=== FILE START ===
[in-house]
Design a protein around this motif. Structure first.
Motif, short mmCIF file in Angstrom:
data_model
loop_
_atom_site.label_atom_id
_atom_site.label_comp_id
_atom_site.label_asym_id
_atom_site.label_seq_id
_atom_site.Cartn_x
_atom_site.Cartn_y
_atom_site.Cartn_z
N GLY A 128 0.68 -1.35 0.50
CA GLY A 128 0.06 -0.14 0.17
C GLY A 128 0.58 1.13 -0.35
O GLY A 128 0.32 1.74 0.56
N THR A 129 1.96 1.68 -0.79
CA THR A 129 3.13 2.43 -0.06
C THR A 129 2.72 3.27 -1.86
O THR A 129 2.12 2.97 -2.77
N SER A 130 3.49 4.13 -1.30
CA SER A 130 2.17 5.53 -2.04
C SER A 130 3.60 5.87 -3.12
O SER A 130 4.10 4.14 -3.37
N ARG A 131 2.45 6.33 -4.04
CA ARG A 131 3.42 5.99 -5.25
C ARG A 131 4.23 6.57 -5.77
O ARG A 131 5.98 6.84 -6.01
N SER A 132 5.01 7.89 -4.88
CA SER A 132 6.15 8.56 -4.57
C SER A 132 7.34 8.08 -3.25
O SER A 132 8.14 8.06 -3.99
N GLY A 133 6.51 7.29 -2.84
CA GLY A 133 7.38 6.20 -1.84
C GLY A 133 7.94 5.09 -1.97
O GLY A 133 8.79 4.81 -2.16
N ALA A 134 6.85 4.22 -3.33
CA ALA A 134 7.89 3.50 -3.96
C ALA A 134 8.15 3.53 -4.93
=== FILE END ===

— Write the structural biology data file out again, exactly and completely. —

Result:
[in-house]
Design a protein around this motif. Structure first.
Motif, short mmCIF file in Angstrom:
data_model
loop_
_atom_site.label_atom_id
_atom_site.label_comp_id
_atom_site.label_asym_id
_atom_site.label_seq_id
_atom_site.Cartn_x
_atom_site.Cartn_y
_atom_site.Cartn_z
N GLY A 128 0.68 -1.35 0.50
CA GLY A 128 0.06 -0.14 0.17
C GLY A 128 0.58 1.13 -0.35
O GLY A 128 0.32 1.74 0.56
N THR A 129 1.96 1.68 -0.79
CA THR A 129 3.13 2.43 -0.06
C THR A 129 2.72 3.27 -1.86
O THR A 129 2.12 2.97 -2.77
N SER A 130 3.49 4.13 -1.30
CA SER A 130 2.17 5.53 -2.04
C SER A 130 3.60 5.87 -3.12
O SER A 130 4.10 4.14 -3.37
N ARG A 131 2.45 6.33 -4.04
CA ARG A 131 3.42 5.99 -5.25
C ARG A 131 4.23 6.57 -5.77
O ARG A 131 5.98 6.84 -6.01
N SER A 132 5.01 7.89 -4.88
CA SER A 132 6.15 8.56 -4.57
C SER A 132 7.34 8.08 -3.25
O SER A 132 8.14 8.06 -3.99
N GLY A 133 6.51 7.29 -2.84
CA GLY A 133 7.38 6.20 -1.84
C GLY A 133 7.94 5.09 -1.97
O GLY A 133 8.79 4.81 -2.16
N ALA A 134 6.85 4.22 -3.33
CA ALA A 134 7.89 3.50 -3.96
C ALA A 134 8.15 3.53 -4.93